Study Objective: To present a large single-center series of hysterectomies for uteri >= 1 kg and to compare the laparoscopic and open abdominal approach in terms of perioperative outcomes and complications.Design: A retrospective analysis of prospectively collected data (Canadian Task Force classification II-2).Setting: An academic research center.Patients: Consecutive women who underwent hysterectomy for uteri >= 1 kg between January 2000 and December 2016. Patients with a preoperative diagnosis of uterine malignancy or suspected uterine malignancy were excluded. The subjects were divided according to the intended initial surgical approach (i.e., open or laparoscopic). The 2 groups were compared in terms of intraoperative data and postoperative outcomes. Multivariable analysis was performed to identify possible independent predictors of overall complications. A subanalysis including only obese women was accomplished.Interventions: Total laparoscopic versus abdominal hysterectomy (+/- bilateral adnexectomy).Measurements and Main Results: Intra-and postoperative surgical outcomes. A total of 258 patients were included; 55 (21.3%) women were initially approached by open surgery and 203 (78.7%) by laparoscopy. Nine (4.4%) conversions from laparoscopic to open surgery were registered. The median operative time was longer in the laparoscopic group (120 [range, 50-360] vs 85 [range, 35-240] minutes, p = .014). The estimated blood loss (150 [range, 0-1700] vs 200 [50-3000] mL, p = .04), postoperative hemoglobin drop, and hospital stay (1 [range, 1-8] vs 3 [range, 1-8] days, p < .001) were lower among patients operated by laparoscopy. No difference was found between groups in terms of intra-and postoperative complications. However, the overall rate of complications (10.8% vs. 27.2%, p = .015) and the incidence of significant complications (defined as intraoperative adverse events or postoperative Clavien-Dindo >= 2 events, 4.4% vs 10.9%, p = .04) were significantly higher among patients who initially received open surgery. The laparoscopic approach was found to be the only independent predictor of a lower incidence of overall complications (odds ratio = 0.42; 95% confidence interval, 0.19-0.9). The overall morbidity of minimally invasive hysterectomy was lower also in the subanalysis concerning only obese patients.Conclusion: In experienced hands and in dedicated centers, laparoscopic hysterectomy for uteri weighing >= 1 kg is feasible and safe. Minimally invasive surgery retains its well-known advantages over open surgery even in patients with extremely enlarged uteri. (C) 2017 AAGL. All rights reserved.

Laparoscopic Versus Open Hysterectomy for Benign Disease in Uteri Weighing >1 kg: A Retrospective Analysis on 258 Patients

Stefano Uccella;
2018-01-01

Abstract

Study Objective: To present a large single-center series of hysterectomies for uteri >= 1 kg and to compare the laparoscopic and open abdominal approach in terms of perioperative outcomes and complications.Design: A retrospective analysis of prospectively collected data (Canadian Task Force classification II-2).Setting: An academic research center.Patients: Consecutive women who underwent hysterectomy for uteri >= 1 kg between January 2000 and December 2016. Patients with a preoperative diagnosis of uterine malignancy or suspected uterine malignancy were excluded. The subjects were divided according to the intended initial surgical approach (i.e., open or laparoscopic). The 2 groups were compared in terms of intraoperative data and postoperative outcomes. Multivariable analysis was performed to identify possible independent predictors of overall complications. A subanalysis including only obese women was accomplished.Interventions: Total laparoscopic versus abdominal hysterectomy (+/- bilateral adnexectomy).Measurements and Main Results: Intra-and postoperative surgical outcomes. A total of 258 patients were included; 55 (21.3%) women were initially approached by open surgery and 203 (78.7%) by laparoscopy. Nine (4.4%) conversions from laparoscopic to open surgery were registered. The median operative time was longer in the laparoscopic group (120 [range, 50-360] vs 85 [range, 35-240] minutes, p = .014). The estimated blood loss (150 [range, 0-1700] vs 200 [50-3000] mL, p = .04), postoperative hemoglobin drop, and hospital stay (1 [range, 1-8] vs 3 [range, 1-8] days, p < .001) were lower among patients operated by laparoscopy. No difference was found between groups in terms of intra-and postoperative complications. However, the overall rate of complications (10.8% vs. 27.2%, p = .015) and the incidence of significant complications (defined as intraoperative adverse events or postoperative Clavien-Dindo >= 2 events, 4.4% vs 10.9%, p = .04) were significantly higher among patients who initially received open surgery. The laparoscopic approach was found to be the only independent predictor of a lower incidence of overall complications (odds ratio = 0.42; 95% confidence interval, 0.19-0.9). The overall morbidity of minimally invasive hysterectomy was lower also in the subanalysis concerning only obese patients.Conclusion: In experienced hands and in dedicated centers, laparoscopic hysterectomy for uteri weighing >= 1 kg is feasible and safe. Minimally invasive surgery retains its well-known advantages over open surgery even in patients with extremely enlarged uteri. (C) 2017 AAGL. All rights reserved.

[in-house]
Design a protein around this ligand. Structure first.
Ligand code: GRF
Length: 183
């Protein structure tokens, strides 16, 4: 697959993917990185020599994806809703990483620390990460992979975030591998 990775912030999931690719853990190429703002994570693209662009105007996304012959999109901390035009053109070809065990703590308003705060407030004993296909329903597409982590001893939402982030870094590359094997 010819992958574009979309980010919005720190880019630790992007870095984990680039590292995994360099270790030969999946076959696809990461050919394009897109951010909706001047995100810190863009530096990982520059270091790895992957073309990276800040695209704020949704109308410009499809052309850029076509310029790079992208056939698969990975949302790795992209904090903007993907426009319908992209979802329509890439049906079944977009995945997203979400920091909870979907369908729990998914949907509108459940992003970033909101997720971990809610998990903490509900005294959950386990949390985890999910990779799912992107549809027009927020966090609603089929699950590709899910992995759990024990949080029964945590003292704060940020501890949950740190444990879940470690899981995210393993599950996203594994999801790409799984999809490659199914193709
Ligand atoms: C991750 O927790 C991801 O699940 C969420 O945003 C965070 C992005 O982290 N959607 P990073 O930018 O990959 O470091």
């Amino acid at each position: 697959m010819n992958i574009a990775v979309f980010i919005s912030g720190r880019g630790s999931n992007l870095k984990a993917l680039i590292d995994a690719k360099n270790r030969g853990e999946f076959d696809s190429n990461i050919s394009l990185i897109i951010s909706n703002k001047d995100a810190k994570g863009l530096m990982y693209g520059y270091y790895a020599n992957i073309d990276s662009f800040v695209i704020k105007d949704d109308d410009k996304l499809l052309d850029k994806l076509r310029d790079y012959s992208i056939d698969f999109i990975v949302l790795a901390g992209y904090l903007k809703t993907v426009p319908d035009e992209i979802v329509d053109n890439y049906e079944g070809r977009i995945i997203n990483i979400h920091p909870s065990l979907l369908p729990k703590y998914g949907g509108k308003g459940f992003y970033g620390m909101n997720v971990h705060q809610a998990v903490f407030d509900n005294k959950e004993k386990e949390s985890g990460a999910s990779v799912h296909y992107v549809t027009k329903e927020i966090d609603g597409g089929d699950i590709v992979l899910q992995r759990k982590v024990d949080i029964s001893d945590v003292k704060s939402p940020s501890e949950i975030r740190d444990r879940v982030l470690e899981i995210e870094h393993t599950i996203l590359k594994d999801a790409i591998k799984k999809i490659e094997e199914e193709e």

2018
1 kg
Complications
Hysterectomy
Laparoscopy
Large uterus
Total laparoscopic hysterectomy
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Utilizza questo identificativo per citare o creare un link a questo documento: https://hdl.handle.net/11562/1127030
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